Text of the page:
Carers are people who look after relatives or friends who can’t manage at home without help. This is usually because of age, illness or disability. Anyone can be a carer; carers come from all walks of life, all cultures and can be of any age. Many would not use the term carer. They just see themselves as doing their duty for their mother, child or best friend.
You might not think of yourself as a carer but if, for example, you look after:
- a parent who needs help with shopping, cooking and cleaning;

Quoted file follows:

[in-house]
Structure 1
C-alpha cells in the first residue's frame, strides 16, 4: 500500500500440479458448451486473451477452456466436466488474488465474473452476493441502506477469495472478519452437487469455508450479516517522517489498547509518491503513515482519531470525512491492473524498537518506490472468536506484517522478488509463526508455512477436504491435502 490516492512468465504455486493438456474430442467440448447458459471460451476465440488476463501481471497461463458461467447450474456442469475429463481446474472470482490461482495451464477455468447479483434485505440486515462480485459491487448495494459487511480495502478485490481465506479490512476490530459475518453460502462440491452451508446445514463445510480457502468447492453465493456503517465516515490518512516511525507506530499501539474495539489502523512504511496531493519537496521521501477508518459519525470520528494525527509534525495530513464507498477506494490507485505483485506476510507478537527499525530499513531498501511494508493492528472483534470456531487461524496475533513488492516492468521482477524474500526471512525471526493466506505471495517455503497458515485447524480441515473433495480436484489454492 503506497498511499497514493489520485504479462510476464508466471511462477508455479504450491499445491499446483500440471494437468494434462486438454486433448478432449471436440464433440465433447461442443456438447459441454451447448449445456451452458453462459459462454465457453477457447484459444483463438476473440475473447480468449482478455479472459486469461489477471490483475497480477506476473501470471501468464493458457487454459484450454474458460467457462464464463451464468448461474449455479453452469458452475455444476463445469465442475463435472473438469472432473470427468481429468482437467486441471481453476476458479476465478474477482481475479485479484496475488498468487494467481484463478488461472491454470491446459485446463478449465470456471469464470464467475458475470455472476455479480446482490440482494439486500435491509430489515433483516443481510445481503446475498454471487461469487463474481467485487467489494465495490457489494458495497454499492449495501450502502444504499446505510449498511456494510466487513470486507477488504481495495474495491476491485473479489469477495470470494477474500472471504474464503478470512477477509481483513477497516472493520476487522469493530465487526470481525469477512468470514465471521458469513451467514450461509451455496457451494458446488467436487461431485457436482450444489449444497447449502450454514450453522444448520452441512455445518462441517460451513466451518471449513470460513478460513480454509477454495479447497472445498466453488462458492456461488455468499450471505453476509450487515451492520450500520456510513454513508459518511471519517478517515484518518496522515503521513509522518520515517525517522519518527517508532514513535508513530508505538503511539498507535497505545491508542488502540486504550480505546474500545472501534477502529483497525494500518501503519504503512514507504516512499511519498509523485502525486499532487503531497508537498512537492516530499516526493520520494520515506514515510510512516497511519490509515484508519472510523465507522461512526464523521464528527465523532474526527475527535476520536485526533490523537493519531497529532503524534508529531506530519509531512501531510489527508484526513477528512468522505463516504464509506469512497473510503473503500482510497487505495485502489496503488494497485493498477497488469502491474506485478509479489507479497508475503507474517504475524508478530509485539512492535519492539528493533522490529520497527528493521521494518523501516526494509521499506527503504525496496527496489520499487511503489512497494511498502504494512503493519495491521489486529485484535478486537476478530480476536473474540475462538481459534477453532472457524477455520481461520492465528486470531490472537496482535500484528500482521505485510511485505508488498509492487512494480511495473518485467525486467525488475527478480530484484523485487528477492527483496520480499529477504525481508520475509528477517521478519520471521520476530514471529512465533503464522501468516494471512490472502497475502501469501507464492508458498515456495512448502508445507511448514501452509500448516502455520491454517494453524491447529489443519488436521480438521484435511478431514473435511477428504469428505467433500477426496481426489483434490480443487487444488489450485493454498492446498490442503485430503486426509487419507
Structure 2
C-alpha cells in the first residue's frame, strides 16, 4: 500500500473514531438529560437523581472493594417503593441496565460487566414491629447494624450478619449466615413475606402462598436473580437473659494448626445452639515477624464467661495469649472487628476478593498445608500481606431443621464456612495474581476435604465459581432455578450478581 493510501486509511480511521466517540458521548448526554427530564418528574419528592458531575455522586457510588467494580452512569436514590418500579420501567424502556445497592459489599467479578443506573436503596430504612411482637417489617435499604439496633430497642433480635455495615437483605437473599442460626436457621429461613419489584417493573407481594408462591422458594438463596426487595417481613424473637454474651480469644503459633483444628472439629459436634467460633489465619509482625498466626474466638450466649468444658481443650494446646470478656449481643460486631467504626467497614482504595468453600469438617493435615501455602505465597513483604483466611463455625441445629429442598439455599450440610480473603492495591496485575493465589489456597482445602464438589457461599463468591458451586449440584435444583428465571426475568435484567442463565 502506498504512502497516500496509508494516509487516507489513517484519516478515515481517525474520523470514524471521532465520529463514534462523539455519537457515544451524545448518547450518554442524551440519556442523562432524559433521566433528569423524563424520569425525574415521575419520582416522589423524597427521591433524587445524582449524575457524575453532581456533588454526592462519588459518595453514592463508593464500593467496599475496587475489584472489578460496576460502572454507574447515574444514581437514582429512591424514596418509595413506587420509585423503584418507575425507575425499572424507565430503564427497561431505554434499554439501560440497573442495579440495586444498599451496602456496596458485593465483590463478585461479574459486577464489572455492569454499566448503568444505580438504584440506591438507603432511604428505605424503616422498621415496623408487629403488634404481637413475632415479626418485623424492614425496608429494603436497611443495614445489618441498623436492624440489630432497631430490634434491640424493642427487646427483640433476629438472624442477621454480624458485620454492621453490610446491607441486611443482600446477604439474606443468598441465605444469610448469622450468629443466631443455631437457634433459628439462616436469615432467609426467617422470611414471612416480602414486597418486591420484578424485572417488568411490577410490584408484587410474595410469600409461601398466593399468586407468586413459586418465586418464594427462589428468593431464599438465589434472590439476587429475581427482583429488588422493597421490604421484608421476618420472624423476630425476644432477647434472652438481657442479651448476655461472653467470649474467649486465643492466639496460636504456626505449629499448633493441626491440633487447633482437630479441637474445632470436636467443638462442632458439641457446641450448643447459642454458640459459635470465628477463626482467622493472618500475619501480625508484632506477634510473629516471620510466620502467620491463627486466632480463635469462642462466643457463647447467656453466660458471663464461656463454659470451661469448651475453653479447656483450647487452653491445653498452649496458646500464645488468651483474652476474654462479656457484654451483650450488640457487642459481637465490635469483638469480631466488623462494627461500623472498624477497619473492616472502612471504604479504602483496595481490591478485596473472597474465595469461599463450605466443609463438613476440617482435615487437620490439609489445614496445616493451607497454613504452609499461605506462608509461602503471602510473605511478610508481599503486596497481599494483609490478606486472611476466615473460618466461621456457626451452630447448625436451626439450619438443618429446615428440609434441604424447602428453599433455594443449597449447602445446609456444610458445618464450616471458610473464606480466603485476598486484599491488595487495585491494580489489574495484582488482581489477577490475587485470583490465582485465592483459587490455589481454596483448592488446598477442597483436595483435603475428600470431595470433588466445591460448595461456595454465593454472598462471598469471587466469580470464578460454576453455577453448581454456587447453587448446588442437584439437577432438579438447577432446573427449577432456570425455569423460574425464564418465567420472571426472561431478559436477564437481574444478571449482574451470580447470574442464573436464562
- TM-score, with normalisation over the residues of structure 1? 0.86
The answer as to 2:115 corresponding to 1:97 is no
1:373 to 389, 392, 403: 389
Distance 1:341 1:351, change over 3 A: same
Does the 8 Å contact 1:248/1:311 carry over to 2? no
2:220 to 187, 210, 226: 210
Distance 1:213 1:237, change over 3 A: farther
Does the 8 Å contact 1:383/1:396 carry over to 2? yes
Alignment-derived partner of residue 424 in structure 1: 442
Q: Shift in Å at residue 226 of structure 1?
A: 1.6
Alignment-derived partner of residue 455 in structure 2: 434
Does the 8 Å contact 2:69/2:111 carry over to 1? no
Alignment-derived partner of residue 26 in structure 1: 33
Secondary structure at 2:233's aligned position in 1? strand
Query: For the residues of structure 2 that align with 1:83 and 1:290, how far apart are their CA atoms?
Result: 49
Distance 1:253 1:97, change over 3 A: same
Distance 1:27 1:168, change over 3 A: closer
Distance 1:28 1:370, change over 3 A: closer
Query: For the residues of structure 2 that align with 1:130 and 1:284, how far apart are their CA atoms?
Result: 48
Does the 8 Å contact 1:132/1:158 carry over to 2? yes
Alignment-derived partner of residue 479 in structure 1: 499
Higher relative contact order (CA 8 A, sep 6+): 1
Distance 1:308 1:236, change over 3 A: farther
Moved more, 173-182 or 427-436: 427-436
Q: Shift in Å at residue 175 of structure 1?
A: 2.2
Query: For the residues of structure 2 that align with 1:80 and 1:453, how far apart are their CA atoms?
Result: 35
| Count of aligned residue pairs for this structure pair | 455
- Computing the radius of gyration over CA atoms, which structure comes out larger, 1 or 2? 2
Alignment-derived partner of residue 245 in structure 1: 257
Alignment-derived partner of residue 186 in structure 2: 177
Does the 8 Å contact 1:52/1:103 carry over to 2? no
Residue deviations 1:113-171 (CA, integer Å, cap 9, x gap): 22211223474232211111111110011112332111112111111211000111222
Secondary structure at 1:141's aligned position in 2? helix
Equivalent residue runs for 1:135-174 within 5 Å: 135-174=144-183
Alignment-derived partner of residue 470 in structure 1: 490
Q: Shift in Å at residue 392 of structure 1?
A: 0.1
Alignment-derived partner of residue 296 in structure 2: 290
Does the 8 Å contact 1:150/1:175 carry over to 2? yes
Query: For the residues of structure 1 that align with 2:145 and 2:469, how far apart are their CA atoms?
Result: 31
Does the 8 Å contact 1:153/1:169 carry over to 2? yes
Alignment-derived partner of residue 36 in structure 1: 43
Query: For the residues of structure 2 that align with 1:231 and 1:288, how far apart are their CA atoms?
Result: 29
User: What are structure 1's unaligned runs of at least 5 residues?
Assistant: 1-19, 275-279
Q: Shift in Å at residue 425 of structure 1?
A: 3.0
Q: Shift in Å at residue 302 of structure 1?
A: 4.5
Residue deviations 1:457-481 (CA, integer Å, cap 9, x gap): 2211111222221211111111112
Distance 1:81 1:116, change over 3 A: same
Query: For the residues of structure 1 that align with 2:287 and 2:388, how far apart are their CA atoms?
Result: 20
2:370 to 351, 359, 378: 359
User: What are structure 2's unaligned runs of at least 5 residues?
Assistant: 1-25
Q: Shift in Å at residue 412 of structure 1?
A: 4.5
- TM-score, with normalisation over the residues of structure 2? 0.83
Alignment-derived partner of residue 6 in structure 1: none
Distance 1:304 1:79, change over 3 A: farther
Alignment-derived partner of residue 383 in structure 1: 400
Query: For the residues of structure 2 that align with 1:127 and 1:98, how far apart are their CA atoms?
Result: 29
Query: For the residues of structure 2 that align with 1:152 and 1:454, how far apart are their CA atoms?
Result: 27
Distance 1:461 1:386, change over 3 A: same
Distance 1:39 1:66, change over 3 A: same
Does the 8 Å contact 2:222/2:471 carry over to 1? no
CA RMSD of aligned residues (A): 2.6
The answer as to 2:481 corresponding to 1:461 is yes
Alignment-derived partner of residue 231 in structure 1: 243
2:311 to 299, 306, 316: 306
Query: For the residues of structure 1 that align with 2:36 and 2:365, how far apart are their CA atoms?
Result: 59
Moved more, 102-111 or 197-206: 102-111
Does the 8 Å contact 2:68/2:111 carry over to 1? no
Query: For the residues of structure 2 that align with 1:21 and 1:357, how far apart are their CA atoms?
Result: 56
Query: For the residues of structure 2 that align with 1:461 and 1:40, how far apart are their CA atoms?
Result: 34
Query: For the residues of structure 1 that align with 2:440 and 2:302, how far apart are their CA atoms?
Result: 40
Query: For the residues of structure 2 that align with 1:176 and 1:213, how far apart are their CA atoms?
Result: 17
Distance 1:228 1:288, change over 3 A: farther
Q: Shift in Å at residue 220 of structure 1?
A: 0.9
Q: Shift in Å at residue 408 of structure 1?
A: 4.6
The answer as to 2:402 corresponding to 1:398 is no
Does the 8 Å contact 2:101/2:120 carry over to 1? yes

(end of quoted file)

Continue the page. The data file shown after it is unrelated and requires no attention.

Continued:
- a husband, wife or partner who has a health condition that means they need help with daily tasks;
- a son or daughter who has a learning disability;
- a brother or sister who has mental health problems;
…then you are a carer.
You don’t have to live with the person you provide assistance to. You might be juggling work and caring responsibilities or be caring ‘at a distance’ for an elderly relative who lives elsewhere.
Caring for someone can be a big responsibility. You may be taking on a caring role for the first time and don’t know what to expect. You are not alone. We are here to help you assess how your new caring situation is going to affect you.